As I sort of hint at above, the idea of a speed limit is particularly stupid on empty major roads. The French already have a lower speed limit (110km/h) for wet roads and that seems like a good idea that could be extended. It would seem to me that speed limits should come into play as traffic volume increases in a way simialr to the UK's M25 variable speed limits - at 8am Sunday morning there are few places on the motorway where there is any point in having a speed limit so feel free to be a boy racer. at 8am Monday on the other hand the speed limit in busy sections could be something like 90km/h in certain spots with cameras to record the idiots who are determined to drive like idiots and weave between lanes.

08 July 2006 Blog Home : All July 2006 Posts : Permalink

In Praise of Rosé

I've mentioned my enjoyment of Rosé before, but after a (suitably fueled) discussion yesterday with some friends and perusing the Provence from Fayence blog where there are links to two stories about this badly neglected style of wine, I think it is time to really nail my colours to the mast.

Provençal rosé is a wine that the world should drink more of. Unlike other rosé wines, such as the Rosé d'Anjou or those unspeakable bliush wines from California, a provençal rosé is dry. It is also light. A non-Provence rosé that I enjoy is "Clairet" from (IIRC) Bordeaux, but it tends to have more flavour and presence that the typical rosé from here. The rosé from Provence is a perfect summer wine. As one of the links above notes, it goes very well with barbeque. Indeed it goes very well with all sorts of food, even sushi, but it also goes very well without food. With the right company, there is nothing better to do down here than spend an afternoon outside in the shade of a tree or a parasol, sipping rosé and watching the world go by.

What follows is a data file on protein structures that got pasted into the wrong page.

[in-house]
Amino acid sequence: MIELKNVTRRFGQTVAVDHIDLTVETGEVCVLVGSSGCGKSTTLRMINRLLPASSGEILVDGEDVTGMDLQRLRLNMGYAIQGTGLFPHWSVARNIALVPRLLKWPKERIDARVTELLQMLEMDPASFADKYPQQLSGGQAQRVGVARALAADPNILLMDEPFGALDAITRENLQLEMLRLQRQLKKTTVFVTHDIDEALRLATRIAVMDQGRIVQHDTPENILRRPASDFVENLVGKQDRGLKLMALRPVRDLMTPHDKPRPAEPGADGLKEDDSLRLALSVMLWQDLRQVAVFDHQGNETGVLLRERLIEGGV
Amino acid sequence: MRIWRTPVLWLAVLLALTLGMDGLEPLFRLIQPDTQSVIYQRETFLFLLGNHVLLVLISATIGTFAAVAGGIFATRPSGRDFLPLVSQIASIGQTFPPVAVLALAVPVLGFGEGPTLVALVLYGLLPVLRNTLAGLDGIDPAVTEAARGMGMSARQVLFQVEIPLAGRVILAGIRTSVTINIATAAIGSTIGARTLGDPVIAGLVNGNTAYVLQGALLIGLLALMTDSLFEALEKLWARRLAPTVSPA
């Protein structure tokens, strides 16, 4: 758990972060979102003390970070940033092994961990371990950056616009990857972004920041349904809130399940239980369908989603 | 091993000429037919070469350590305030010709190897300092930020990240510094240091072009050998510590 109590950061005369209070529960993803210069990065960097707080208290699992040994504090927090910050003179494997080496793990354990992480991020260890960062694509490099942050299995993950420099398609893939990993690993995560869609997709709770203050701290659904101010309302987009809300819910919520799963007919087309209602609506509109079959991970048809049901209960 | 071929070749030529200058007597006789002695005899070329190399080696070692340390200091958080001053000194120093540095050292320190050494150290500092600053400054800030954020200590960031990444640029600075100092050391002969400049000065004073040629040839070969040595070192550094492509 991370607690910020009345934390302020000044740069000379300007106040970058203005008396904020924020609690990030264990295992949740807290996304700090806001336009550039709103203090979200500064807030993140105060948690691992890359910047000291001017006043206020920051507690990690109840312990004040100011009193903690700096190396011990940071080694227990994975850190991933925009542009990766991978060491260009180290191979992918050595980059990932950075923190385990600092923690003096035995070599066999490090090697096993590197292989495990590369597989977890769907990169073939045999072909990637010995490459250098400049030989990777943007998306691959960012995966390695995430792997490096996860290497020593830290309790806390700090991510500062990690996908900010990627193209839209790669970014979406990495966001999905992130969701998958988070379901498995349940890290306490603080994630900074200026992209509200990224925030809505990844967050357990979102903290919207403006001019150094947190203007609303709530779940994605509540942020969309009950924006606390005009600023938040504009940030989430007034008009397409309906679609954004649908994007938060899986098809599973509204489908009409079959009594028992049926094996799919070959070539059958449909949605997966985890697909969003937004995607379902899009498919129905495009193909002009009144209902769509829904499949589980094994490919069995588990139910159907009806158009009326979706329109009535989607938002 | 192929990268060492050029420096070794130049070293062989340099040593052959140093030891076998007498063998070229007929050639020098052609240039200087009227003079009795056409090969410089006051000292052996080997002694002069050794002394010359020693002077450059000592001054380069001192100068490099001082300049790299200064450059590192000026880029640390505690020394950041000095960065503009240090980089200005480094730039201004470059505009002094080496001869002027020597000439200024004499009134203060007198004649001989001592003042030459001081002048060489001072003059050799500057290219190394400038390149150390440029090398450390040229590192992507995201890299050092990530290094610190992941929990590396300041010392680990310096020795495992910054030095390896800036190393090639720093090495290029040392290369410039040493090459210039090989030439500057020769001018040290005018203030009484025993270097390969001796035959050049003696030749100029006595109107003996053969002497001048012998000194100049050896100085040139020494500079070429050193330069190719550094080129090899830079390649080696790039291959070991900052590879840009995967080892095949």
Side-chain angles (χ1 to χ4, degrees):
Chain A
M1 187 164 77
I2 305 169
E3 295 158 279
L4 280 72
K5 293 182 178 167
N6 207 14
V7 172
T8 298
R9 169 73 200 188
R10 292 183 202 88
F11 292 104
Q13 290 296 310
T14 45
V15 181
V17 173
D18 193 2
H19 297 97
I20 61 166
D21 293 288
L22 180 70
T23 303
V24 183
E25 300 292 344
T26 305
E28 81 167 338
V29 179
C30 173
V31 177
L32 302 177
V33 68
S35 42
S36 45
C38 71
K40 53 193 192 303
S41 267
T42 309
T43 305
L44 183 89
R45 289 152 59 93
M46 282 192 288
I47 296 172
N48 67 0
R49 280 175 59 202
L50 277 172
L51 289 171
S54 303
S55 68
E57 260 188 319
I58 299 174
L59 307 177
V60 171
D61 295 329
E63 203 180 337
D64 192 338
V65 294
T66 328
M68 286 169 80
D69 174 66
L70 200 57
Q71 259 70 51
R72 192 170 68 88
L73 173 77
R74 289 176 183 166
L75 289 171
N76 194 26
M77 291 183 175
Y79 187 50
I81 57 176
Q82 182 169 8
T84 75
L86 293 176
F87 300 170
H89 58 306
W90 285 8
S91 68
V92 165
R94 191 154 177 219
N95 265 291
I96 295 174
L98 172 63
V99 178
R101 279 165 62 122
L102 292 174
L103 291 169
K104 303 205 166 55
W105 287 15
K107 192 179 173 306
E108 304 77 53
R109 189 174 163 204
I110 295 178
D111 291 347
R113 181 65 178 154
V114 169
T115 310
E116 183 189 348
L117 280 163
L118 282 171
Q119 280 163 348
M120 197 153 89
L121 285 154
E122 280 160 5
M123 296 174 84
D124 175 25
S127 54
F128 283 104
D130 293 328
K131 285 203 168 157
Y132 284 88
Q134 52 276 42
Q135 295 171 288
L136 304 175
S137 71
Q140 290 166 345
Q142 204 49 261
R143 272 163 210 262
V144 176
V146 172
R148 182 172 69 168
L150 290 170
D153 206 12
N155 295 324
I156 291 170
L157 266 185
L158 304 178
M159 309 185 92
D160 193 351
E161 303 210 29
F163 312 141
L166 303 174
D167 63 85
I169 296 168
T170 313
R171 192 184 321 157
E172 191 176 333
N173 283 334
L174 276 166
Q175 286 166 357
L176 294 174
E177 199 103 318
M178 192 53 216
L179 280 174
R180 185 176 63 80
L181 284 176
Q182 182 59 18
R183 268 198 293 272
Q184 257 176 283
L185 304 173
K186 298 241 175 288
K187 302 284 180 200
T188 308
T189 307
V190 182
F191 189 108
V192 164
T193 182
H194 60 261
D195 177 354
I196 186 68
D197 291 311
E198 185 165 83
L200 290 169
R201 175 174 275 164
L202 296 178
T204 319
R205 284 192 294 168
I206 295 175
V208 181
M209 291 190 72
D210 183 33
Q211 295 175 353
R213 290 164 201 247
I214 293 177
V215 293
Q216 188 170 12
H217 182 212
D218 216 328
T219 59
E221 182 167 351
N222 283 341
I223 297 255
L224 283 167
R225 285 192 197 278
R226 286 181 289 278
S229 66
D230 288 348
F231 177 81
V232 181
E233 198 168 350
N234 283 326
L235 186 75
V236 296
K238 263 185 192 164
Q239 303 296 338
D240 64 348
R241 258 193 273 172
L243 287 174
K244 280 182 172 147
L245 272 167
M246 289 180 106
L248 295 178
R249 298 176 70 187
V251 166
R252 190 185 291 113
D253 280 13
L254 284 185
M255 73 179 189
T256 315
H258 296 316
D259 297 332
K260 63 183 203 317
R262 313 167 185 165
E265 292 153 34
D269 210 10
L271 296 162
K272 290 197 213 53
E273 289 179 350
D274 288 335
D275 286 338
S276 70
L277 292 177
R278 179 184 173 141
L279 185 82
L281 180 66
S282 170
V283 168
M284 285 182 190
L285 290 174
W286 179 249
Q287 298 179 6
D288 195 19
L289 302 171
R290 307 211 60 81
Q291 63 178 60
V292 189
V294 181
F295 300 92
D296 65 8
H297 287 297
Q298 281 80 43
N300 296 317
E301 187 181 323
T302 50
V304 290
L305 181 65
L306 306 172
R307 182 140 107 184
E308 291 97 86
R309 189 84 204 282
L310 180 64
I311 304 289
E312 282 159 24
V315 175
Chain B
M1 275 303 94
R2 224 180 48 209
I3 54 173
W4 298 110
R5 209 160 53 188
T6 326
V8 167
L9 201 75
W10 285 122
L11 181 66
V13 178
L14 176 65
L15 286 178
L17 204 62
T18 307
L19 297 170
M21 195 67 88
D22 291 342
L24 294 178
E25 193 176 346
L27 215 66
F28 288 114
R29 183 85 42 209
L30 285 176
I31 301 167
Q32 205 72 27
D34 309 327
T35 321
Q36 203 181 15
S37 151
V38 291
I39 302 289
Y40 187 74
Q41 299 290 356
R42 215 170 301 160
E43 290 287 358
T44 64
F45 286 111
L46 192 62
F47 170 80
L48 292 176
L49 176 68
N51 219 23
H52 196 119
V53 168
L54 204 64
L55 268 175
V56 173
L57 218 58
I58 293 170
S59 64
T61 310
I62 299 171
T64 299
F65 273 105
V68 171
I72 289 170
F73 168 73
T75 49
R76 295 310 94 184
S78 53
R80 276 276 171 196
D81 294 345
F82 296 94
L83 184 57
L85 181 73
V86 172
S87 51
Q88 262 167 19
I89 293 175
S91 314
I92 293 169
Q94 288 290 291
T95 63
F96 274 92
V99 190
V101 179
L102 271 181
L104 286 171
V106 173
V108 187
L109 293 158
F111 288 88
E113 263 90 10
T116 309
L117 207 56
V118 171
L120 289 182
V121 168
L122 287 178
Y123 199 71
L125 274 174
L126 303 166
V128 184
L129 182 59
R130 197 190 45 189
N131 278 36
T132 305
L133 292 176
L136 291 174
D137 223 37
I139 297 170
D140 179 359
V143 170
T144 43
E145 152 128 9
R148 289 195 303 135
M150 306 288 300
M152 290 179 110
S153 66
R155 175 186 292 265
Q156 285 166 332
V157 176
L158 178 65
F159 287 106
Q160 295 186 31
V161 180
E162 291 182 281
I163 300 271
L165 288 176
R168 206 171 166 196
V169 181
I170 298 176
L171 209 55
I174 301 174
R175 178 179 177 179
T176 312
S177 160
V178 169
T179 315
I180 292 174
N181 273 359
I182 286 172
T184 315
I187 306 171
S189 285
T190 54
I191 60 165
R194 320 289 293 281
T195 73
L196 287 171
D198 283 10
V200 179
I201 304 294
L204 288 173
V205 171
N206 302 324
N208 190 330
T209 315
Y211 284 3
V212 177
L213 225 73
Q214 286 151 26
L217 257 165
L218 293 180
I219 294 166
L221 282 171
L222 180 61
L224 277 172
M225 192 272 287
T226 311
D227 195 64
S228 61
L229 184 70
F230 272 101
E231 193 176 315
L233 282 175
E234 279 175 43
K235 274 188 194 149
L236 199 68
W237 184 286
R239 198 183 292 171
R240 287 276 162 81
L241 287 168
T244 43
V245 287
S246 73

Rosé is not a pretentious wine. You can go visit somewhere like the Château Ste Roseline and spend an enjoyable afternoon tasting (relatively) expensive rosé and it is indeed pleasant (in fact a tour of the Lorgues/les Arcs area of the Var would not be complete without some degustation) yet there is no need to go to the château to get decent rosé at the right price. If you are at a restaurant here I suggest saving time and effort and just asking for a pichet of the house rosé, and you need not do much more when in the hypermarché. There is no need to worry about vintage, rosé should be drunk the summer after it was picked, and little need to worry about the appelation. Given a choice, I recommend a Gris, since the Gris seems to be priced right (€3 / bottle in the supermarket) and provide a reliable quality but, to be honest, almost any wine grown and bottled in the 83 (Var) or 13 (Bouches du Rhône) departments will be entirely acceptable and it really doesn't matter whether it is a vin de pays or an appelation controlé.

I hesitate to say it is a requirement, but it is common practice to drink your rosé on the rocks. A couple of ice-cubes in the glass keeps it cool enough and their melting is a sign that more rosé and ice needs to be added to the glass - got to counteract the evaporation you know :)


09 July 2006 Blog Home : All July 2006 Posts : Permalink

Doomed to Fail, Loved by Bureaucrats